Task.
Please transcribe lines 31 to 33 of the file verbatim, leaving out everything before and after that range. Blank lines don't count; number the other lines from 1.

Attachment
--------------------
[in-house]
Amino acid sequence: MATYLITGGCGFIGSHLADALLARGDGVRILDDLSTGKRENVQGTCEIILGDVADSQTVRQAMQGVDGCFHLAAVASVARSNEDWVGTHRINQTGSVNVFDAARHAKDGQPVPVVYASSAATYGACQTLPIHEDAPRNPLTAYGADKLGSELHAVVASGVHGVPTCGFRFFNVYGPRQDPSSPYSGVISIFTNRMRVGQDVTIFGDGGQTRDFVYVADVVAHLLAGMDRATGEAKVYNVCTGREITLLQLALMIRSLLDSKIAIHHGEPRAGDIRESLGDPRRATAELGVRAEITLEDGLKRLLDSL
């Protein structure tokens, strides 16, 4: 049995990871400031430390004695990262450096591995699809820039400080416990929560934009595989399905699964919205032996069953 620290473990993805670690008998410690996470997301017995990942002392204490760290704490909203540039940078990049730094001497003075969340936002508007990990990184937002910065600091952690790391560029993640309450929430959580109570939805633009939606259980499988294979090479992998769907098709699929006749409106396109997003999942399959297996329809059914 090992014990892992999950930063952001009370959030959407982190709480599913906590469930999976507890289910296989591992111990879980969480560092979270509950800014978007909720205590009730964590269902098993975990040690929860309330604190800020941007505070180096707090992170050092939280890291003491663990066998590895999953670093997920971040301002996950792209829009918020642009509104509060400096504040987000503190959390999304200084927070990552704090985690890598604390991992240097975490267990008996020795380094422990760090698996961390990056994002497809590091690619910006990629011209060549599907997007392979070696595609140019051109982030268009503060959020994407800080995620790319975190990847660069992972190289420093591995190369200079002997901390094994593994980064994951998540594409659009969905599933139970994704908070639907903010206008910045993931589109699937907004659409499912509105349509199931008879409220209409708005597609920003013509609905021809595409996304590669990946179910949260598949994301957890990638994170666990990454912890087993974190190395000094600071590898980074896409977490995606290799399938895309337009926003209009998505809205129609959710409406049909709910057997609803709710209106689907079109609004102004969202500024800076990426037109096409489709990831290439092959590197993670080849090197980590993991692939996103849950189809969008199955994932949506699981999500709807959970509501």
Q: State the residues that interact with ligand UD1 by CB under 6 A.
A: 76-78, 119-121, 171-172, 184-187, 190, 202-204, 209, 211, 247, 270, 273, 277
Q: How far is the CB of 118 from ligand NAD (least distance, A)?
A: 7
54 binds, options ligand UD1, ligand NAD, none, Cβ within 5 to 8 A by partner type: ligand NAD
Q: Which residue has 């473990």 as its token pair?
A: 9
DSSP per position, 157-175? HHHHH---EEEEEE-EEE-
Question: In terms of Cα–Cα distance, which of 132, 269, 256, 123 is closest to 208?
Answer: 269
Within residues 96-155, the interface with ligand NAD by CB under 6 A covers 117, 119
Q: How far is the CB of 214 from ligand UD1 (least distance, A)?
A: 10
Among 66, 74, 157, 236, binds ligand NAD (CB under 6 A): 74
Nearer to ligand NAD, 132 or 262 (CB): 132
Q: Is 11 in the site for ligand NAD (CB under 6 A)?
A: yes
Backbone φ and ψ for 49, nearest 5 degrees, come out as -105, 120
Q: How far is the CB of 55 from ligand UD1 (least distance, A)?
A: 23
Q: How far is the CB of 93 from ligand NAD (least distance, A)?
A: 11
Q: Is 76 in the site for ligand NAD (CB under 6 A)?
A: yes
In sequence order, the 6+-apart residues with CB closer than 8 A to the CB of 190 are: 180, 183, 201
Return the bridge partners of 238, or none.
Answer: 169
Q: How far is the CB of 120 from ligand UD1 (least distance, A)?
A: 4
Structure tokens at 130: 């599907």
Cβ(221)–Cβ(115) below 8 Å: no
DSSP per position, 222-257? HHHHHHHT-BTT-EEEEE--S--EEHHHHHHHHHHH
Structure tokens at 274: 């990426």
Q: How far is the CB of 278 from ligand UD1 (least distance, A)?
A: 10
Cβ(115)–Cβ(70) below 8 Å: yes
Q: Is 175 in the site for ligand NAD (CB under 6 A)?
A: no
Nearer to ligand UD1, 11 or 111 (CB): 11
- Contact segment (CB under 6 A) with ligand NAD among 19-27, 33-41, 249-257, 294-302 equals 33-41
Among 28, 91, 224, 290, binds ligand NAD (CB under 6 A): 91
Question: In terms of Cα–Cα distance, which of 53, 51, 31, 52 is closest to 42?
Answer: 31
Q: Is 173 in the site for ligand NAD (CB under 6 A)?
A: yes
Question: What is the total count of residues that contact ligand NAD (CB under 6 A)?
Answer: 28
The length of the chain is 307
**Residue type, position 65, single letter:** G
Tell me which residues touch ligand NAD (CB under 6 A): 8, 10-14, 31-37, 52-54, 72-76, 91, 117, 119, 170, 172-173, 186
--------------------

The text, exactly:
Q: How far is the CB of 120 from ligand UD1 (least distance, A)?
A: 4
Structure tokens at 130: 């599907």